Advance our understanding of the Greco-Roman World!
Contribute to the Scaife Digital Library — improve existing materials and to create new ones!
If you want to understand the present and invent the future then FREE THE PAST!
Everyone can make a difference! Read the sources more closely yourself, learn something for your own enjoyment and at the same time enhance what is available to everyone else!
Translate that text! Only a fraction of billions of words surviving Greek and Latin — no more than 5 or 10% — has been translated into modern languages such as English. The idea of Europe was invented in Greek and then in Latin and developed over thousands of years — but currently less than ⅓ of 1 percent of all US college graduates enroll in a class of Greek or Latin. Help the other 99.6% understand much of what made Europe and the Americas so that they can help decide where they want to go! MARIE-CLAIRE, Suda Online, HMT
What does that word really mean? We have been studying Greek and Latin but how well do we really understand either the languages or the cultures that they represent? Open content lexica and grammars for Classical Greek, Latin, and Arabic are available, along with commentaries with thousands of notes on Classical Greek and Latin texts. And wholly new instruments such as parallel corpora that align source texts with modern translations allow us to detect patterns of meaning in ways that were never before possible. You can help and learn more about Greek, Latin and thousands of years of cultural history as you do it.
Who/what/where is that? Wikipedia provides broad coverage for many ancient topics but the reference works available in the SDL contain direct citations into the primary sources that general resources such as Wikpedia often leave out. The Smith Biographical and Geographical Dictionaries contain fundamental information about more than 30,000 people and places. All of these reference works contain written citations to the primary sources upon which they are based. Many of these citations have been converted to machine actionable links but the automated programs are never perfect. Check the citations that are there — how do they relate to the text as it stands? What citations were missed — you might be surprised at the range of sources that we do have. And are there important sources that should be cited?
Fix that text! Help us add more text — not only can you correct errors in OCR-generated text in front of you but you can create training data that can improve the performance of OCR on millions of words in a similar font or genre! And correcting OCR output allows you to learn how to type Classical Greek accurately and quickly!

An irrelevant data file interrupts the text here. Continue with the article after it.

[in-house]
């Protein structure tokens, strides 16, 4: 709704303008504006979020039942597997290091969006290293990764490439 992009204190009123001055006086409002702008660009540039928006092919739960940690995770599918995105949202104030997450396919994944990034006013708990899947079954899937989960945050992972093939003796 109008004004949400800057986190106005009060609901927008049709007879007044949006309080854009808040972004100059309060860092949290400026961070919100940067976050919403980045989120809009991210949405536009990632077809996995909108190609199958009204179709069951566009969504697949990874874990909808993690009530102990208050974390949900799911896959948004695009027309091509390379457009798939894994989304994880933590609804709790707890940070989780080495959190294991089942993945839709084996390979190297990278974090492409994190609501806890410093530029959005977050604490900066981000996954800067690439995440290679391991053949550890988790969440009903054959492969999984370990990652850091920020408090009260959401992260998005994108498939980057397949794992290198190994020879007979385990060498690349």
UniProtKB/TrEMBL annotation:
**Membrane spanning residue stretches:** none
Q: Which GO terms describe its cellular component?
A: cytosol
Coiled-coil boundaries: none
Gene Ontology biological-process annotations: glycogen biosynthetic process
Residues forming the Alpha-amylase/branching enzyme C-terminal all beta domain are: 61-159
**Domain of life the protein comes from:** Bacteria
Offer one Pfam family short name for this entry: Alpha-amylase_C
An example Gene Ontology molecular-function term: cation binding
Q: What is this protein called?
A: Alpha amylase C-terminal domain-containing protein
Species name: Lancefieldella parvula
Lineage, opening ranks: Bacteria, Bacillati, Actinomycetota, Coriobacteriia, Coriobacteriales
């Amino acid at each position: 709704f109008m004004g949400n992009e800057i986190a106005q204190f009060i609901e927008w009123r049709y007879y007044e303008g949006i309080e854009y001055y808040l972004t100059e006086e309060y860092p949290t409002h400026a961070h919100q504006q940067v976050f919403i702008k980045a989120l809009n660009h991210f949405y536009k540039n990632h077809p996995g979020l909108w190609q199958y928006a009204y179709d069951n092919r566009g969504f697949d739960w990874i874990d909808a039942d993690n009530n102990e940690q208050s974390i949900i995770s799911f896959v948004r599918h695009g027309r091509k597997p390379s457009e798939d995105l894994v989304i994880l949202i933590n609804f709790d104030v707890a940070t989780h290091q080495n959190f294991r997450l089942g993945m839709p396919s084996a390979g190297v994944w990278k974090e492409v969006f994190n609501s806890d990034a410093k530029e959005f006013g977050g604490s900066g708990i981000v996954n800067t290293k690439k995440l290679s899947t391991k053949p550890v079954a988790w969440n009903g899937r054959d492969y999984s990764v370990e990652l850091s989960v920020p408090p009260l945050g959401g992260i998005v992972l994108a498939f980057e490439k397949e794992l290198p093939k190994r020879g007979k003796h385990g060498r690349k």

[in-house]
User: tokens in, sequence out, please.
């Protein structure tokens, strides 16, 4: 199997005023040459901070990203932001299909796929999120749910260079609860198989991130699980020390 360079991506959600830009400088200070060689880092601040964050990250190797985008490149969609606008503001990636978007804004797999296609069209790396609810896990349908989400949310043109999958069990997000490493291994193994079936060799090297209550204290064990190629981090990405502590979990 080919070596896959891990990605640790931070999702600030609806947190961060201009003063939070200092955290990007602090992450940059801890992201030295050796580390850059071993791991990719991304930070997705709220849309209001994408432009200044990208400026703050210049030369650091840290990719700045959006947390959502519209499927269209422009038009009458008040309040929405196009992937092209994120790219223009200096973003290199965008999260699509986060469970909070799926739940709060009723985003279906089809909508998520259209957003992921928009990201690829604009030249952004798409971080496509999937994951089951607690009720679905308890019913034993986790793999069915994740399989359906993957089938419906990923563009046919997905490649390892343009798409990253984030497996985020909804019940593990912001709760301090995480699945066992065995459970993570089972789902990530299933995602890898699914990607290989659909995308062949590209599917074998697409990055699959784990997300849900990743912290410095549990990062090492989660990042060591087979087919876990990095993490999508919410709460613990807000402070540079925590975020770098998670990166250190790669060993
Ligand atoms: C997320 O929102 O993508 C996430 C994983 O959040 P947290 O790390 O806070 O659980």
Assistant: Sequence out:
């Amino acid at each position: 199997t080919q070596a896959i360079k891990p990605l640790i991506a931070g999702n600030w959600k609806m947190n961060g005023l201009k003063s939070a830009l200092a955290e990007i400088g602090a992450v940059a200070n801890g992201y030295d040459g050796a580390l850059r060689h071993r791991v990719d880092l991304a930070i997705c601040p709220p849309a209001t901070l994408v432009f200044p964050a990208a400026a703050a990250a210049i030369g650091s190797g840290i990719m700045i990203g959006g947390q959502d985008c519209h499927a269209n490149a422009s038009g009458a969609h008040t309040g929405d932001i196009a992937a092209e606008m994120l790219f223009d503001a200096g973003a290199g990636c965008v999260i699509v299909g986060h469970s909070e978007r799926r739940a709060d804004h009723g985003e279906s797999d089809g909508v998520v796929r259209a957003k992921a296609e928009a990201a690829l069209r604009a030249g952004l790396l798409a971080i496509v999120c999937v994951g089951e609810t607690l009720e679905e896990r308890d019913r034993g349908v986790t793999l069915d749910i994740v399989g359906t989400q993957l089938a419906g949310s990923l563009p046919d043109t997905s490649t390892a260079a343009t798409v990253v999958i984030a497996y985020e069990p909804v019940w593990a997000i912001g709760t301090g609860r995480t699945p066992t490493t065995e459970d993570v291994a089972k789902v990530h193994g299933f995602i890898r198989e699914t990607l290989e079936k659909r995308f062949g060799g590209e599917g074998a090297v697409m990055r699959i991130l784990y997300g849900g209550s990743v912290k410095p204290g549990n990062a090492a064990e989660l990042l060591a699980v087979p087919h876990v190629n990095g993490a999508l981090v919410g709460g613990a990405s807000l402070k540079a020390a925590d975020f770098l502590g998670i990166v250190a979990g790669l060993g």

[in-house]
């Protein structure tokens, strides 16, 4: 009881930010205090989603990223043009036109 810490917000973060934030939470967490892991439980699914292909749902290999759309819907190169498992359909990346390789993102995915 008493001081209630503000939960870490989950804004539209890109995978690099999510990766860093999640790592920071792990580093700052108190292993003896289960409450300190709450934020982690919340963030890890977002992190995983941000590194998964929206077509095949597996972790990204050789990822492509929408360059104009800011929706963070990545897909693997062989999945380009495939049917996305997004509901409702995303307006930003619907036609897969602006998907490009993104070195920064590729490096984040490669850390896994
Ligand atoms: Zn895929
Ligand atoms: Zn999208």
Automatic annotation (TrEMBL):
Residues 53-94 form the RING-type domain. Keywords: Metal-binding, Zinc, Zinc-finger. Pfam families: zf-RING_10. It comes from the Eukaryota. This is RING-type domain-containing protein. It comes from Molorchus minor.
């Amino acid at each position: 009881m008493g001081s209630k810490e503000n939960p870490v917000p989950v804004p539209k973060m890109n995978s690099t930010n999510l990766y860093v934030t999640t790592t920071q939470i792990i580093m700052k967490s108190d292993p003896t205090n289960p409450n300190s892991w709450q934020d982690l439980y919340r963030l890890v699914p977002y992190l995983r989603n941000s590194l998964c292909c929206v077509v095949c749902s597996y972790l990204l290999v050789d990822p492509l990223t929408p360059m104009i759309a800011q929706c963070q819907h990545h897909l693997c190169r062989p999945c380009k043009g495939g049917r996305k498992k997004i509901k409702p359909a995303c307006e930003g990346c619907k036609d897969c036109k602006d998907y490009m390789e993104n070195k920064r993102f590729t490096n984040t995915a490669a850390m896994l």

Decode that manuscript! OCR software can do a lot with well printed books but it can’t do much with manuscripts or inscriptions, papyri or even early printed books. Adopt a text, read it carefully, share what you find and make that document visible in a digital word centuries or thousands of years after chisel met stone or stylus met parchment! Start with something simple — and then see if you can become a palaeographer and decode the short hand of writers who lived in world long vanished.
More carefully structured text! Digital texts don’t just use italics and bold — they can precisely describe their contents, making them easier for readers to understand and supporting more sophisticated forms of analysis. Join the Athenaeus Project to see what ancient audiences had read and to trace a network that connects tens of thousands of passages from almost a thousand years of Greek. Become a scholarly CSI force and help reconstruct sources that survive only because they are quoted, paraphrased or mentioned!
Where is that place? Is that Alexandria the one in Virginia, the city in Egypt — or one of many other cities that Alexander planted around the Middle East? Help us generate accurate maps of the places in our sources to help others understand what they are reading and to support new ways of understanding how ancient authors conceptualized their world!
Who is that person? Which Caesar is that, anyway? Is that the famous Cleopatra or one of her many namesakes? And help us distinguish the several Alexanders of Macedon from their descendant, the famous conqueror!
What does that word mean? Help reinvent our understanding of Greek and Latin! You can tell us which word sense in one many many dictionaries a particular passage intends us to understand — and you can learn a lot about Greek and Latin! Or you can help line up Greek and Latin words with their corresponding words in modern translations — and you can help not only read more closely but build parallel texts, one of the most important tools in the modern arsenal to help research and to support the next reader!
What is going on in that sentence? Students of Greek and Latin since Cicero and Erasmus have quailed as their teachers asked them “what is that form? and on what does it depend?” You can record your answers for generations of readers to come – and you can contribute to Greek and Latin Treebanks — our closest equivalent to the Genomic databases of Biology!